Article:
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Parents reap benefits from tech

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Technology gives parents control over where and when they work and a greater ability to manage non-work commitments

Parents benefit most from digitally-enabled remote working, according to research from Accenture.

Half of mothers surveyed (49%) said digital technology gives them control over where and when they work, compared with 43% of non-mothers. Four in 10 (43%) said technology allows them a greater ability to manage their non-work commitments, compared with a quarter (26%) of non-mothers.

Fathers also cited the benefits of digital. Almost half (47%) of fathers enjoy the freedom that technology allows, compared with 42% of non-father respondents. Fathers said that digital technology increased their ability to manage ‘non-work’ commitments such as childcare (39% of fathers compared with 24% of non-fathers).

Emma McGuigan, senior managing director at Accenture, said employers need to recognise the potentially powerful role technology can play in helping parents balance life and work. “I’ve seen firsthand how the increased use of digital technologies has transformed the workplace,” she said. “The impact this has had on working parents’ ability to find that elusive balance between their personal and professional lives cannot be underestimated.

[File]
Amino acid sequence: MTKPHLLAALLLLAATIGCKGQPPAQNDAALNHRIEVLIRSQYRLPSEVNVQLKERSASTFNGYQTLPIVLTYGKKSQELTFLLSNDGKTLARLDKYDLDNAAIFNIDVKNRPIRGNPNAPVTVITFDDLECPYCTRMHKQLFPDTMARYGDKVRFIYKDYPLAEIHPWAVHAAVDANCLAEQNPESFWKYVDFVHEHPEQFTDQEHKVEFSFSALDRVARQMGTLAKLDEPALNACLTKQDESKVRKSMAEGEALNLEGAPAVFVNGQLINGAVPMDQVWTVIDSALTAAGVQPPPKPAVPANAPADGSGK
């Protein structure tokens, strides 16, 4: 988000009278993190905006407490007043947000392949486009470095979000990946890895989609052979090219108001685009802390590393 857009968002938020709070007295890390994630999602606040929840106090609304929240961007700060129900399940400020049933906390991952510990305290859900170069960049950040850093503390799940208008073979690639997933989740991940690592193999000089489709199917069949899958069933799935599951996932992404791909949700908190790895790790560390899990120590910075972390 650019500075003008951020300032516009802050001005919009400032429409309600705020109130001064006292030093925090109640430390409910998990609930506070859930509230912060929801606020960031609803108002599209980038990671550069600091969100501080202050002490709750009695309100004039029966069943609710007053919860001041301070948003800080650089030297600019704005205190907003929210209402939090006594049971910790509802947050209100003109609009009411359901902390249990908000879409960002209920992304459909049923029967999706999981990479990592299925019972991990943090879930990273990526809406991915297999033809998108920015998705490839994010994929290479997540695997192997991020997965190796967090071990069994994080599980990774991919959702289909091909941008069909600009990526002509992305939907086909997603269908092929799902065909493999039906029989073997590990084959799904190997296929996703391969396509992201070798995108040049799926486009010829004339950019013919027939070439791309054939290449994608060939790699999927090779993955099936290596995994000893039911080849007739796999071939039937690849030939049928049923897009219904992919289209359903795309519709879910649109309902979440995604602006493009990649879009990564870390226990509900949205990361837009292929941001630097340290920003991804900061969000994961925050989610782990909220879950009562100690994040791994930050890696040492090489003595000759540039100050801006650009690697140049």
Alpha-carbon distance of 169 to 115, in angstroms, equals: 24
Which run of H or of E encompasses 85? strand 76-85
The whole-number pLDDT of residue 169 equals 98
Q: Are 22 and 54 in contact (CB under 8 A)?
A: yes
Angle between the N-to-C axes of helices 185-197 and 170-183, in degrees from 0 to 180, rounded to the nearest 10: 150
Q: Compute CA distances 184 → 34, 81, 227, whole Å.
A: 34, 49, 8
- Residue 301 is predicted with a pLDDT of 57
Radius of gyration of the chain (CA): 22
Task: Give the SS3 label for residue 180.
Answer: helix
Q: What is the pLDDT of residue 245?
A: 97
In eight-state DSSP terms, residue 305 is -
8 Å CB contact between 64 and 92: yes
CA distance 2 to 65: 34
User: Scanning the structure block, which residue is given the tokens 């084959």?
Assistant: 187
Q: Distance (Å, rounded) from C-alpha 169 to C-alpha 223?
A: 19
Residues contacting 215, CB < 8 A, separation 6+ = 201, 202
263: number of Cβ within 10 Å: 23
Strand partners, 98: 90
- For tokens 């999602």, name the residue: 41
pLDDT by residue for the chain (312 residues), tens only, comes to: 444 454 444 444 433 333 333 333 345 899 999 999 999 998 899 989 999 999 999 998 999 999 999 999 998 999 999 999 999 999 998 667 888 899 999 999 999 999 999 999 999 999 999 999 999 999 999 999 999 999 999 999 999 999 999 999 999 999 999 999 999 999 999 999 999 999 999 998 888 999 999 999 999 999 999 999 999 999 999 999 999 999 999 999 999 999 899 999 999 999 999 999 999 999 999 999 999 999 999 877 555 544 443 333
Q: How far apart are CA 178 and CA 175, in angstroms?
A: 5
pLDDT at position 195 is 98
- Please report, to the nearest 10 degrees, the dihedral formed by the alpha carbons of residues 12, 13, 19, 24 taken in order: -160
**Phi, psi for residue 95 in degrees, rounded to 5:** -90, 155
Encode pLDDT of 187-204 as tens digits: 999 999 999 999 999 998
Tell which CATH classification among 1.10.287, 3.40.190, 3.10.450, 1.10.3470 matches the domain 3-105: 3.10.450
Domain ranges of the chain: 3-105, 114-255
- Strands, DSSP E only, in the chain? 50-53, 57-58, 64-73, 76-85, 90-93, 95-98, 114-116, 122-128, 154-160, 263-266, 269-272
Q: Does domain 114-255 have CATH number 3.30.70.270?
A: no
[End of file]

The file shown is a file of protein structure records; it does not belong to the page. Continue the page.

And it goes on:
“As a mum of three with a challenging work schedule I rely on digital technology to help me work efficiently and flexibly while balancing my family commitments – I can be on a conference call in the office or at the school gates waiting to pick my children up. Digital drives a level of flexibility that can improve our working lives immensely, and for this reason I encourage my team to keep pace with the latest technologies and continuously hone their digital skills to collaborate and learn.”

However, Jonathan Swan, head of research at Working Families, warned that technology needs to be considered carefully so it doesn't interfere with work/life balance.

“Mothers and fathers can benefit from technology to help them integrate work and family life, offering workplace and worktime flexibility,” he told HR magazine. “But it needs to be managed: using tech doesn’t mean that you are available all the time, any time. We know from our Modern Families Index that some employees, in particular fathers, struggle with the idea of asking their manager to put boundaries on work calls and emails. Technology, well-managed, can be a great tool to help employees get a good work/life fit, but that good management is vital.”

The report also explored the challenges still facing women (as the gender still most likely to take time off to care for a child) in progressing their careers. Almost half of mothers (47%) felt it became harder to get promoted since becoming a parent. This was despite 72% saying they aspired to be promoted, compared with 62% of non-mothers.